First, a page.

One thing is for sure–I am going to do whatever I can to delay or prevent getting Alzheimer’s Disease or any other early onset dementia. It runs in my family. During my week-long Delicious Detox with Cook! SF, I was introduced to a power grain called amaranth that has a very long list of health benefits that I keep meaning to write about (stay tuned). Not to mention, it’s gluten-free, can be dairy-free and I like it better than oatmeal. Plus, I’ve figured out how to doctor it up to be something I really look forward to in the morning.
The ingredients are easy. I buy amaranth in bulk at Whole Foods Market La Jolla. It’s $2.99/lb., which goes a long way. I cook it exactly how Cook! SF does, in bulk, but use either almond milk or coconut milk depending on what’s in the refrigerator. Once it’s cooked, I keep it in the refrigerator as a pre-made breakfast. I take out a scoop for and add a dollop of coconut oil prior to microwaving for one minute. The coconut oil melts to give it a buttery flavor.
Why coconut oil? There have been no scientific studies, but some people have reported that consuming coconut oil has helped reverse symptoms of Alzheimer’s Disease. The most famous example is by a doctor documenting successful use of coconut oil in reversing some of her husband’s symptoms–majorly. You’ll see similar references all over the internet of just two teaspoons of coconut oil per day reducing Alzheimer’s symptoms. I figure, coconut oil is good for you anyway and I don’t have a weight problem so it can’t hurt.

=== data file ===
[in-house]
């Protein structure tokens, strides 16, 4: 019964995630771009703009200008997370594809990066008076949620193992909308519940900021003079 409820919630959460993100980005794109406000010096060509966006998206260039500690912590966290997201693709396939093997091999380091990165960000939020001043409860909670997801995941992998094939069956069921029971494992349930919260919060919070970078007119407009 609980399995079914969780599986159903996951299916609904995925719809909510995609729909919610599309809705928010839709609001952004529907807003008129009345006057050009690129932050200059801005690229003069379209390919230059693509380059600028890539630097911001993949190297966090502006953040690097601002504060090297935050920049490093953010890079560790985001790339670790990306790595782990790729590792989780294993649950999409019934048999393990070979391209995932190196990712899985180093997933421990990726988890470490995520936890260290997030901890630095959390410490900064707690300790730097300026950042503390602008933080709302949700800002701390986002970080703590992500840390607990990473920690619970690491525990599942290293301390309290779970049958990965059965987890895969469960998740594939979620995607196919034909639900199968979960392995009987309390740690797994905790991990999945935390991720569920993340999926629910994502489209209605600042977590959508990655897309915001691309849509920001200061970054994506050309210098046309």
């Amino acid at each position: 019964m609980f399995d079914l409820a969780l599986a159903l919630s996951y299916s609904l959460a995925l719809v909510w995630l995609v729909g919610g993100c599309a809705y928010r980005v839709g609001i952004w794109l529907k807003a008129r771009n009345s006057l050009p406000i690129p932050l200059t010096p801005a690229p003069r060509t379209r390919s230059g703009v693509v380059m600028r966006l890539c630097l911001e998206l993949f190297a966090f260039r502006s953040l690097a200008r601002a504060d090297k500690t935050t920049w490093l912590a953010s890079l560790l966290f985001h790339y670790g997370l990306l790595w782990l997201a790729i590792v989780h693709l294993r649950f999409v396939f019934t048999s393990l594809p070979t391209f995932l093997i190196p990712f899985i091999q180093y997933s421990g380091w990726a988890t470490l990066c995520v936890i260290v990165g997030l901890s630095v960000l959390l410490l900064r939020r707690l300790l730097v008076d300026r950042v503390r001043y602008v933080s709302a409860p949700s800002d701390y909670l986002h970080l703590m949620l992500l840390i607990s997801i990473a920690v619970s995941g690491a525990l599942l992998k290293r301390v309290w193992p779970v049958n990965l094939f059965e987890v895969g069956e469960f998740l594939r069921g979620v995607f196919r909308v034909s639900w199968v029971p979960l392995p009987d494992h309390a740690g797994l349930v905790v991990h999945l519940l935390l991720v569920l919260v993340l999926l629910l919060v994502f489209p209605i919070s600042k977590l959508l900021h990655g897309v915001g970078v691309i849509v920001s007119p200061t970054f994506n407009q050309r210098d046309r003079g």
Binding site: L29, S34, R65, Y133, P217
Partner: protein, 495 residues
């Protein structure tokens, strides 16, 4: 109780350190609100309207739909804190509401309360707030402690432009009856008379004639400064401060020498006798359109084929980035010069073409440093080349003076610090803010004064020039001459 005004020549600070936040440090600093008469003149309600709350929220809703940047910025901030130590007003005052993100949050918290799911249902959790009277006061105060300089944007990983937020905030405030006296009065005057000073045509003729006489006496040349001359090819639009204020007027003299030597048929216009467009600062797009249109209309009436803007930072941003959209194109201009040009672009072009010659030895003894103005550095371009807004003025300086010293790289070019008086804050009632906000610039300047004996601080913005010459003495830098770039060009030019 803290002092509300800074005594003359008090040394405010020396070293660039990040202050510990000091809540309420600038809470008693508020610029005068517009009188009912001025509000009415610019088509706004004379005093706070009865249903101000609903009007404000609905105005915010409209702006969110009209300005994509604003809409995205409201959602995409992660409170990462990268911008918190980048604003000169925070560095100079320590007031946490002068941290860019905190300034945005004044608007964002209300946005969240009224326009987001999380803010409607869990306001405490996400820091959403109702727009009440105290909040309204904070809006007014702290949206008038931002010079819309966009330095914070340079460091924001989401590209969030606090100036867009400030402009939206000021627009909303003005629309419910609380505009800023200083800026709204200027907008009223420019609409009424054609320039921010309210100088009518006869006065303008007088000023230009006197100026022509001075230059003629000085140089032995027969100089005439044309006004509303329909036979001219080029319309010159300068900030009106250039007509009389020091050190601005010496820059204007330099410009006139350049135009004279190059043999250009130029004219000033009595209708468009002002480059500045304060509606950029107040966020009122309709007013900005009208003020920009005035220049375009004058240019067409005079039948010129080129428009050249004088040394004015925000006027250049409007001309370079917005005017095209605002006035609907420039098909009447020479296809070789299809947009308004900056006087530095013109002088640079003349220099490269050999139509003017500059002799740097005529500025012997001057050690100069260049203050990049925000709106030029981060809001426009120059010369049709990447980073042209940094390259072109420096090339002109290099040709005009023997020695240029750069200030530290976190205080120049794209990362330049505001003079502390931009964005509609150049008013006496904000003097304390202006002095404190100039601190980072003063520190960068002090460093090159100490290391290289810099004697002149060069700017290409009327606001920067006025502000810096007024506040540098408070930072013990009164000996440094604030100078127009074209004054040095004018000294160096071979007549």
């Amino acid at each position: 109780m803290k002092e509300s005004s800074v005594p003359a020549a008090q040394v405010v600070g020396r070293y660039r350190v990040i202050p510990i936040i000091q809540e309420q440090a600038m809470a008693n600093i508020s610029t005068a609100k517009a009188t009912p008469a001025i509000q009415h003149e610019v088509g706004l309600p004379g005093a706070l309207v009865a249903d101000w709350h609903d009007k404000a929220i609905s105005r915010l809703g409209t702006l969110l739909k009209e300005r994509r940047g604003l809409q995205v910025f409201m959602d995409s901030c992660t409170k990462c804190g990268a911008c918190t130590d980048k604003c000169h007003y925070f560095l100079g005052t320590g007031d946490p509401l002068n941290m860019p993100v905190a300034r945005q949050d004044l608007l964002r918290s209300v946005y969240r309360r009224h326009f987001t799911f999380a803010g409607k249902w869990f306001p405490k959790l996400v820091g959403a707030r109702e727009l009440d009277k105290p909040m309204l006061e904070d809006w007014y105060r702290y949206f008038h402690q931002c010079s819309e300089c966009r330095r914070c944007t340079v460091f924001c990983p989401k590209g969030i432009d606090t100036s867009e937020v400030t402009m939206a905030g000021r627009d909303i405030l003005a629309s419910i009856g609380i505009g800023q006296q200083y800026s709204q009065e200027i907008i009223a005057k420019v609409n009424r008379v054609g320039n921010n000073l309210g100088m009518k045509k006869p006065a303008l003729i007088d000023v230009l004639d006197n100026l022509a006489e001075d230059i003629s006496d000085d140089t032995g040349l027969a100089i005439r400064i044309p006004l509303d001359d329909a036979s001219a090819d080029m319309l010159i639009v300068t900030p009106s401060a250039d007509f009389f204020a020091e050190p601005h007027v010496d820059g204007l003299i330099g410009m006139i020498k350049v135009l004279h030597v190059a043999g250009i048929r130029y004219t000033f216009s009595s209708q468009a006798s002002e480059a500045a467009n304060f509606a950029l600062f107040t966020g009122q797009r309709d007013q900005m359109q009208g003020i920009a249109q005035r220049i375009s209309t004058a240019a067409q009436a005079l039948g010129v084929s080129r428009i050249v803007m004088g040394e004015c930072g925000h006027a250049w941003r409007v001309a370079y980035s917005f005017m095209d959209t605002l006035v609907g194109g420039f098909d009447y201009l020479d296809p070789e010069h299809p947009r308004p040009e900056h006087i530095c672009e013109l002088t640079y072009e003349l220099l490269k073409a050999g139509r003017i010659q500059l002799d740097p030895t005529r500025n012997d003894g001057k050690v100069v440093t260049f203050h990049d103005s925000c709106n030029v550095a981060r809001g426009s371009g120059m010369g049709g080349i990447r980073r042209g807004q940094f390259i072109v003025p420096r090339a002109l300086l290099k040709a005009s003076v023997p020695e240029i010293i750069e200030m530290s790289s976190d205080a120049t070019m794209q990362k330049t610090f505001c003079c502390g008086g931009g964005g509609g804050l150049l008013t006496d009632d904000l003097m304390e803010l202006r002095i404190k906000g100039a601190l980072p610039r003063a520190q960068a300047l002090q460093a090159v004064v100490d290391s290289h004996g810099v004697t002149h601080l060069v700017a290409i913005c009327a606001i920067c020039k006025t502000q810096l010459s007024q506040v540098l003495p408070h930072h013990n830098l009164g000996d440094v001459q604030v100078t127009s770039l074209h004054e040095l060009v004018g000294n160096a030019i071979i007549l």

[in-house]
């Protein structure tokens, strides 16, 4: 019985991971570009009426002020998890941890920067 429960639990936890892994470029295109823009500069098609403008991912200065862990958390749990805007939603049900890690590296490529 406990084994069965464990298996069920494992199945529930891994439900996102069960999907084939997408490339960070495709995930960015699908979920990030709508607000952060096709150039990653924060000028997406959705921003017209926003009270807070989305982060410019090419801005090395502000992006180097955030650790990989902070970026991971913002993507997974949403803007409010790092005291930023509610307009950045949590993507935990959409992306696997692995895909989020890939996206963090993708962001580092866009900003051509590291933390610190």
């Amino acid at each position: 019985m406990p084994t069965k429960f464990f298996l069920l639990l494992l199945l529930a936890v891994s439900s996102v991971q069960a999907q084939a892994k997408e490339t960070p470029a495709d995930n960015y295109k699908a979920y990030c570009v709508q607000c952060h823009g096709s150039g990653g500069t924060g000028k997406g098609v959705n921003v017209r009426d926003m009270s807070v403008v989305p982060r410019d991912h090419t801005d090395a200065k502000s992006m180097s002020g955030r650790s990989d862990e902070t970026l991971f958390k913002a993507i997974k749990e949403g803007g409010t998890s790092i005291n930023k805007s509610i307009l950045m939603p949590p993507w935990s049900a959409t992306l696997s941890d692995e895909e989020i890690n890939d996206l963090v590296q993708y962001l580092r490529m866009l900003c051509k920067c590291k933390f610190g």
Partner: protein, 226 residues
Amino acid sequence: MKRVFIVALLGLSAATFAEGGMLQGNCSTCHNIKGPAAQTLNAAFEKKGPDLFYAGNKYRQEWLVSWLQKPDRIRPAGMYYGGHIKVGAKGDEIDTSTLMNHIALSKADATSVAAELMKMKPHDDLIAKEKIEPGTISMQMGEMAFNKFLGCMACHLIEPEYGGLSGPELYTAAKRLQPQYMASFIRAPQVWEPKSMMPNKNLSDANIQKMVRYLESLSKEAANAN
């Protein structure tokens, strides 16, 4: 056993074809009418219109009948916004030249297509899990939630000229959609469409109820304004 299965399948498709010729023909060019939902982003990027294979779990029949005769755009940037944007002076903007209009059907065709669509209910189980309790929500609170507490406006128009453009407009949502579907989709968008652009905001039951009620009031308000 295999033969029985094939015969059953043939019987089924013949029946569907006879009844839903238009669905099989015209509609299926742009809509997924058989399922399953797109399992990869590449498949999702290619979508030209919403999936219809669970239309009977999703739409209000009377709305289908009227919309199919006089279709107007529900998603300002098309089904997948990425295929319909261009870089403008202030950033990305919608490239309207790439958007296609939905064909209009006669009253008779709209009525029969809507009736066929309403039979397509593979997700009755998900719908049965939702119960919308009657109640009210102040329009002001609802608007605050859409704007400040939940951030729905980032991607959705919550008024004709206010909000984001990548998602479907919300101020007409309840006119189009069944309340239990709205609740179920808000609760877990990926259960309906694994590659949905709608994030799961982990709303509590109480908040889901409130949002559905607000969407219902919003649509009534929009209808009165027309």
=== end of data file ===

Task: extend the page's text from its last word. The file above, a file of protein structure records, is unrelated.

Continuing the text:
After the coconut oil is melted, I add a heaping spoonful of chia seeds. Chia seeds are one of the best sources of Omega-3, of which DHA is a component. DHA is used by the brain and nervous system to keep us on our toes, simply put. The seeds also add a nice crunch to the amaranth.
Berries are thought to slow age-related dementias, so I toss a handful of blueberries on top. I splash some unsweetened coconut or almond milk on top. You could use regular milk, but I find that I feel better when eliminating dairy. If I think it needs to be sweeter, I sprinkle a little bit of organic cane sugar on top.
You know those end bits of a cereal box that you hate to waste? Toss them in the amaranth. If it happens to be granola–yum.
Would I rather be eating huevos rancheros? Sure, but I wouldn’t be able to head straight to bootcamp afterward. I’ve been eating this long enough to notice that my energy levels are much higher than after eating other breakfasts. And, you can adjust the toppings up or down, to your personal taste. Just keep the ratio of amaranth to liquid at 1:3.
Using the 1:3 ratio of amaranth to liquid, you can adjust the recipe to make this tasty breakfast for just a morning, or prep it ahead of time for the entire week.
- 1 cup of amaranth
- 1 1/2 cup almond or coconut milk
- 1 1/2 cup water (frankly, you can just use 3 cups of water, if you like)
Toppings per 1 cooked cup of amaranth (adjust to your taste):
- 1 tablespoon coconut oil, melted
- 1 heaping spoonful of chia seeds, more if you like
- 1/2-1 cup of blueberries
- organic cane sugar, to taste
- coconut or almond milk, to taste
- Measure and rinse the amaranth. Drain water.
- Combine amaranth, water and coconut or almond milk in a pot.
- Cook over medium heat until water is absorbed, sort of like how you'd cook oatmeal.
- Let cool and add coconut or almond milk until the desired consistency is achieved.
- Add toppings.
If you're making in advance. Add the coconut oil in prior to reheating (or melt it in advance), then the rest of the toppings after that.
There’s no scientific evidence that eating this will prevent anything, but I can say with confidence that this is an uber-healthy breakfast option.